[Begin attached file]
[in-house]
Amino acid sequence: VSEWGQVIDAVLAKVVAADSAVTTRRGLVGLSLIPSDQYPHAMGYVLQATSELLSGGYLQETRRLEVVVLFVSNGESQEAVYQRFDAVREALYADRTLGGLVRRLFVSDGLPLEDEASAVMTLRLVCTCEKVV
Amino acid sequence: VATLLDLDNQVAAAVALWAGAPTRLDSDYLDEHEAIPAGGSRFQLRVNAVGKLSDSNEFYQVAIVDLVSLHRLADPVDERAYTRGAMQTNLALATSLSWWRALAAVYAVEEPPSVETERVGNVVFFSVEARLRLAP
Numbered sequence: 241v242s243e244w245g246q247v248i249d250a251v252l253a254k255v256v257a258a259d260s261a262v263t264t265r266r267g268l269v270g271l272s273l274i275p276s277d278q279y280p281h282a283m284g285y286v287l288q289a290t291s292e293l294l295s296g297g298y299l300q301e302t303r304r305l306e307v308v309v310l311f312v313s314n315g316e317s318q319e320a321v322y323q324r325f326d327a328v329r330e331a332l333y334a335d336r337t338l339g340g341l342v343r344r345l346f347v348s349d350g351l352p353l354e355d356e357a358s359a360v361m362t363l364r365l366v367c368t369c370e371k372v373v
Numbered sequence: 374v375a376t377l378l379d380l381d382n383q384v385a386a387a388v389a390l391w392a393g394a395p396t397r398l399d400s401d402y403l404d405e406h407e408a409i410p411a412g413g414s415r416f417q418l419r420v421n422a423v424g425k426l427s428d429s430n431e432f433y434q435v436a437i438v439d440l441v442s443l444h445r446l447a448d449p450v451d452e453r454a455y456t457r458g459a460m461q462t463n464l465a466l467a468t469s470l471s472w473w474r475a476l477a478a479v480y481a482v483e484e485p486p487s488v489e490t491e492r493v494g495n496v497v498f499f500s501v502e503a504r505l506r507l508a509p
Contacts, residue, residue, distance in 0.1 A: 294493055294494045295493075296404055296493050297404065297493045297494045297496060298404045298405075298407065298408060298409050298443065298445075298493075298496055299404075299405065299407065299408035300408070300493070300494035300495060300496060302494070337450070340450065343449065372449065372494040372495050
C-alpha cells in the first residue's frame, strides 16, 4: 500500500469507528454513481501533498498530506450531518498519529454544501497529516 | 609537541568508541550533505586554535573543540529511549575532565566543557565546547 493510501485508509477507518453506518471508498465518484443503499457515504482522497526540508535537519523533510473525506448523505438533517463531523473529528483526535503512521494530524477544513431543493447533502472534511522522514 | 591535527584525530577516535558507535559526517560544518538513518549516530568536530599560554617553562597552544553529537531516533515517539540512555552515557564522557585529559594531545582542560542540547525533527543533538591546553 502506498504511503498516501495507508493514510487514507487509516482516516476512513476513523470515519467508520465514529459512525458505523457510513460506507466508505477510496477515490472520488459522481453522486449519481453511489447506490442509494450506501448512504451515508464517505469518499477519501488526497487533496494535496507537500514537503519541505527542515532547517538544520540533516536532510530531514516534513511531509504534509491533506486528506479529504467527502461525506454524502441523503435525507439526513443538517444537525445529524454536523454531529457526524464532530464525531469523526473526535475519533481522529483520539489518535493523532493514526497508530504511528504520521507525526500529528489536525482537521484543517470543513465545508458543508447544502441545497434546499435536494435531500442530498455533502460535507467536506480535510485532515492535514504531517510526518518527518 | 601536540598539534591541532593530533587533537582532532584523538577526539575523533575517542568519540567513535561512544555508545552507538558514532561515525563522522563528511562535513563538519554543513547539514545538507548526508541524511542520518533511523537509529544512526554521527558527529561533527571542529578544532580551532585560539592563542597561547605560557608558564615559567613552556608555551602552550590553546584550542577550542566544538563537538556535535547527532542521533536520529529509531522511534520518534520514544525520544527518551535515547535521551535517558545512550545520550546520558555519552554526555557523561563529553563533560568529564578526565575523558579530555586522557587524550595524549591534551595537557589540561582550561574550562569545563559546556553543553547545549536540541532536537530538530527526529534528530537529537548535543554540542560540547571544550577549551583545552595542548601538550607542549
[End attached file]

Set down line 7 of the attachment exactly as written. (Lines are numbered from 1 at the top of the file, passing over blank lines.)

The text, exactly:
C-alpha cells in the first residue's frame, strides 16, 4: 500500500469507528454513481501533498498530506450531518498519529454544501497529516 | 609537541568508541550533505586554535573543540529511549575532565566543557565546547 493510501485508509477507518453506518471508498465518484443503499457515504482522497526540508535537519523533510473525506448523505438533517463531523473529528483526535503512521494530524477544513431543493447533502472534511522522514 | 591535527584525530577516535558507535559526517560544518538513518549516530568536530599560554617553562597552544553529537531516533515517539540512555552515557564522557585529559594531545582542560542540547525533527543533538591546553 502506498504511503498516501495507508493514510487514507487509516482516516476512513476513523470515519467508520465514529459512525458505523457510513460506507466508505477510496477515490472520488459522481453522486449519481453511489447506490442509494450506501448512504451515508464517505469518499477519501488526497487533496494535496507537500514537503519541505527542515532547517538544520540533516536532510530531514516534513511531509504534509491533506486528506479529504467527502461525506454524502441523503435525507439526513443538517444537525445529524454536523454531529457526524464532530464525531469523526473526535475519533481522529483520539489518535493523532493514526497508530504511528504520521507525526500529528489536525482537521484543517470543513465545508458543508447544502441545497434546499435536494435531500442530498455533502460535507467536506480535510485532515492535514504531517510526518518527518 | 601536540598539534591541532593530533587533537582532532584523538577526539575523533575517542568519540567513535561512544555508545552507538558514532561515525563522522563528511562535513563538519554543513547539514545538507548526508541524511542520518533511523537509529544512526554521527558527529561533527571542529578544532580551532585560539592563542597561547605560557608558564615559567613552556608555551602552550590553546584550542577550542566544538563537538556535535547527532542521533536520529529509531522511534520518534520514544525520544527518551535515547535521551535517558545512550545520550546520558555519552554526555557523561563529553563533560568529564578526565575523558579530555586522557587524550595524549591534551595537557589540561582550561574550562569545563559546556553543553547545549536540541532536537530538530527526529534528530537529537548535543554540542560540547571544550577549551583545552595542548601538550607542549